The peptides deglycosylated by PNGase F in 18O water or intact N-glycopeptides were subjected to LC-MS/MS. Easy nano-flow HPLC pump (Thermo Fisher Scientific) was used with the following buffer solutions: 0.1% formic acid in water (buffer A) and 0.1% formic acid in acetonitrile (buffer B). Samples were autosampler loaded directly onto an analytical column (25 cm Phenomenex Aqua 3 μm). Peptides were eluted using the following gradient: 2 min at 5%B, 120 min to 40%B, 5 min to 70%B, 5 min at 70%B, 2 min to 5%B, 6 min at 5%B. The flow rate was at 300 nl min−1 (splitless).
Peptides eluted from the microcapillary fritless column were directly electrosprayed into a quadrupole-orbitrap mass spectrometer (QExactive, Thermo Fisher Scientific). For ionization, 2500 V spray voltage, 250C capillary temperature were used with S-lens RF 60%. The quadrupole-orbitrap instrument was operated in the data-dependent mode and switched between full-scan MS and MS/MS acquisition. Full-scan MS (300–1,750 m/z) were acquired at resolution 140,000 (m/z 200) with AGC 1 × 106 target value. HCD spectra were acquired for the 12 most intense ions (z≥2) at resolution 17,500 (m/z 200), 60 ms injection time and AGC 5 × 105 target value. HCD peptide fragments were acquired at 27% normalized collision energy. Dynamic exclusion was set to 30 s.
LC-MS/MS data analysis
Data analysis was performed using Byonic (Protein Metrics). For all data analysis workflows, protein false-discovery rate was set to 1%. Acquired spectra were searched against uniprot human proteome (Proteome ID: UP000005640) complemented with common contaminants (Fbs1 was also set as a contaminant). Trypsin specificity was allowed with up to two missed cleavages, carbamidomethyl (C) fixed and oxidation (M) variable. For N-glycosite analysis, incorporation of 18O during deamidation of asparagine to aspartic acid was considered as variable modification with mass shift of 2.988 Da. For the intact glycopeptide search, 57 human plasma N-glycan structures (from Byonic database) were considered as variable modification. Six naturally truncated or paucimannose N-glycan structures57 ((HexNAc(1), HexNAc(2), HexNAc(1)Fuc(1), HexNAc(2)Fuc(1), HexNAc(2)Hex(1) and HexNAc(2)Hex(2)) are included in this 57 plasma N-glycan structures.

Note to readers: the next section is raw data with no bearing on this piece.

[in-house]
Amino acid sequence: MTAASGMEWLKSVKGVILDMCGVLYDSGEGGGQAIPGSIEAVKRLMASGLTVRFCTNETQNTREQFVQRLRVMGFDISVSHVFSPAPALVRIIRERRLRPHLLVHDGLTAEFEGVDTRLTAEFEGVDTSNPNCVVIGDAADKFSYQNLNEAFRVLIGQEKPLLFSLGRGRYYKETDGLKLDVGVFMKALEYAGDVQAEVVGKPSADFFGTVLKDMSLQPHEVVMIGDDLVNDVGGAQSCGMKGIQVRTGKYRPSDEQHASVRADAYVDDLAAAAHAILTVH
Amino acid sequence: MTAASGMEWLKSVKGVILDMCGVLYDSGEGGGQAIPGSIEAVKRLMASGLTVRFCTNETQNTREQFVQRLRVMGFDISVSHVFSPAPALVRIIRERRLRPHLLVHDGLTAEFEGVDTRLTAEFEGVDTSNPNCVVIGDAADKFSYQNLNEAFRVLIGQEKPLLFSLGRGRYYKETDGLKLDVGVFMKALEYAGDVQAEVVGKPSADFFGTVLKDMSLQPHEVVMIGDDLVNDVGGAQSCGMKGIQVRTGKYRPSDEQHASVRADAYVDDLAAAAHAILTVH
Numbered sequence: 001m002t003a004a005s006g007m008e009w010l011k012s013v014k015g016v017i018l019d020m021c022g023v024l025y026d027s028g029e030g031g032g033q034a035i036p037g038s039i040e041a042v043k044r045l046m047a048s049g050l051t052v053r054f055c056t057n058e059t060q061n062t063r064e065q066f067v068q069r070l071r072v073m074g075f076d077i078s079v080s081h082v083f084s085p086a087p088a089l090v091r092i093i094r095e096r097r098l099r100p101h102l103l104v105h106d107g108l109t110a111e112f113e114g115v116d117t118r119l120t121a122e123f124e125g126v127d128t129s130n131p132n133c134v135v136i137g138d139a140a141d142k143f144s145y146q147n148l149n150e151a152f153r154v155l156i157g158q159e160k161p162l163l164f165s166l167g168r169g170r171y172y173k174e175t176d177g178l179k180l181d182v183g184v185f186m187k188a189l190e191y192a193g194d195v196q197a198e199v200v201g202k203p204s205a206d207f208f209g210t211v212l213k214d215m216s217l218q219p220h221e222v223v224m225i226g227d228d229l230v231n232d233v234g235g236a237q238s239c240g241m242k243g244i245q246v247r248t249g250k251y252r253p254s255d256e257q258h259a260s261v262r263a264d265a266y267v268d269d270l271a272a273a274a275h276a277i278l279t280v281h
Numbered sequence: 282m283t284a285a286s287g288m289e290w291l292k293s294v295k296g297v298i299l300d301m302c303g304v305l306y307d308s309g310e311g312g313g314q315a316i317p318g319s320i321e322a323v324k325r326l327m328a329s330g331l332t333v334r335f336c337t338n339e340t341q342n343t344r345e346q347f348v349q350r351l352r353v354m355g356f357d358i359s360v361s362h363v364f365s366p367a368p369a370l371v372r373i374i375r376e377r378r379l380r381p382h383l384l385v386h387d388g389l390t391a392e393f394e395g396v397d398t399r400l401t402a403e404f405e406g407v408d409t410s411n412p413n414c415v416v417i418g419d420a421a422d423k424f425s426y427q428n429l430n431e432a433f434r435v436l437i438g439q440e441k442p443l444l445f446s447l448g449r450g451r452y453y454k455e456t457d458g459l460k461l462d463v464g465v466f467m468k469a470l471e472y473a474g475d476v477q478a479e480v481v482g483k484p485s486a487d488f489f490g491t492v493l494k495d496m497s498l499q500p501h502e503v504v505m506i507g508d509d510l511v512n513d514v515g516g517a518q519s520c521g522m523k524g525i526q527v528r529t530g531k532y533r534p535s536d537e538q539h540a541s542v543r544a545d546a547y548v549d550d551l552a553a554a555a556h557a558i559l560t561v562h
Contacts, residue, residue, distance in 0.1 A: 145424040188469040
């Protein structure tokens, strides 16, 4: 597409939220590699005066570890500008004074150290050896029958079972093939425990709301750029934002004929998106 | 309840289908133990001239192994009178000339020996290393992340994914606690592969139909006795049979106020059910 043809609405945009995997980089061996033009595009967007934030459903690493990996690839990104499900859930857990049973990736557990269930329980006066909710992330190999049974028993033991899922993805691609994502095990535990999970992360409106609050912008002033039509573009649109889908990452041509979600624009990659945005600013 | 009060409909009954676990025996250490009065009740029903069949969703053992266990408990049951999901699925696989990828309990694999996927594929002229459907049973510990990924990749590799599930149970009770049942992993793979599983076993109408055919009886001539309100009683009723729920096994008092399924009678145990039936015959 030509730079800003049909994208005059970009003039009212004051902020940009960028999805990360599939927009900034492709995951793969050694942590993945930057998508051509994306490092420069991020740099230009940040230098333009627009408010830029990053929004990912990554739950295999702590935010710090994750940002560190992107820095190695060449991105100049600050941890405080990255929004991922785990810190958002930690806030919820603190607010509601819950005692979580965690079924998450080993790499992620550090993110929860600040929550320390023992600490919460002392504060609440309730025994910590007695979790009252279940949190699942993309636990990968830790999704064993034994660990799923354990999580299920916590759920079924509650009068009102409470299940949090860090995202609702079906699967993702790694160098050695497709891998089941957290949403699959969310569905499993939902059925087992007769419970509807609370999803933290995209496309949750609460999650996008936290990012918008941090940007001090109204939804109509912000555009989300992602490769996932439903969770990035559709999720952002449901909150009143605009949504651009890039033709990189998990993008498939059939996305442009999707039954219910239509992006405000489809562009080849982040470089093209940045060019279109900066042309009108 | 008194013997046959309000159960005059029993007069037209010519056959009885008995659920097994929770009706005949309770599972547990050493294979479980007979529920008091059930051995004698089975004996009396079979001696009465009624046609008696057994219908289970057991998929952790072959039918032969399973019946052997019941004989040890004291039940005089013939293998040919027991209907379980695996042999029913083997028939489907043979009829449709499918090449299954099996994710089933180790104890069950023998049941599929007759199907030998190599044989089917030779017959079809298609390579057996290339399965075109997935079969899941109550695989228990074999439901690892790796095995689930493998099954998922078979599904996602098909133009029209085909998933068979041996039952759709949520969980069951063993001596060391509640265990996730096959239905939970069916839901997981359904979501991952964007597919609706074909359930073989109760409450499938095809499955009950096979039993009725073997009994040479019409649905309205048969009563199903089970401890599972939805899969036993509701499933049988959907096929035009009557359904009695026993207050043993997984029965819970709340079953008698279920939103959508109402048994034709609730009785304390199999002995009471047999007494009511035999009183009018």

The data supporting the findings of this study are available within the paper and its Supplementary Information files and available from the corresponding author upon request.
How to cite this article: Chen, M. et al. An engineered high-affinity Fbs1 carbohydrate binding protein for selective capture of N-glycans and N-glycopeptides. Nat. Commun. 8, 15487 doi: 10.1038/ncomms15487 (2017).
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We thank Ilya Tikh, Ivan Correa, Ellen Guthrie, Paula Magnelli, Saulius Vainauskas, Chudi Guan, Aihua Zhang, Yanhong Tong, Jeremy Foster and Julie Beaulieu for technical advice and critical reading of the manuscript. We also thank St John Skilton and Marshall Bern for technical support of Byonic Software. We thank William Jack, Richard J. Roberts, James V. Ellard, Donald G. Comb and New England Biolabs for research support.
The authors declare no competing financial interests.
Supplementary Figures (PDF 485 kb)
Supplementary Data 1: N-glycosite identification by PNGase F/18O water method in the pre-enrichment samples.
Tab1: All MS spectra. The spectra with N[+2.988] are highlighted in yellow. Tab2: MS spectra with N[+2.988] in NXT/S motif. Tab3: MS spectra with N[+2.988] in non-NXT/S motif, Tab4: Identified unique N-glycosites. "-N-" represents N-glycosylation site. Tab5: Identified N-glycoproteins. (XLSX 4508 kb)
Supplementary Data 2: N-glycosite identification by PNGase F/18O water method in the Fbs1 GYR enrichment samples.
Tab1: All MS spectra. The spectra with N[+2.988] are highlighted in yellow. Tab2: MS spectra with N[+2.988] in NXT/S motif. Tab3: MS spectra with N[+2.988] in non-NXT/S motif, Tab4: Identified unique N-glycosites. "-N-" represents N-glycosylation site. Tab5: Identified N-glycoproteins. (XLSX 2431 kb)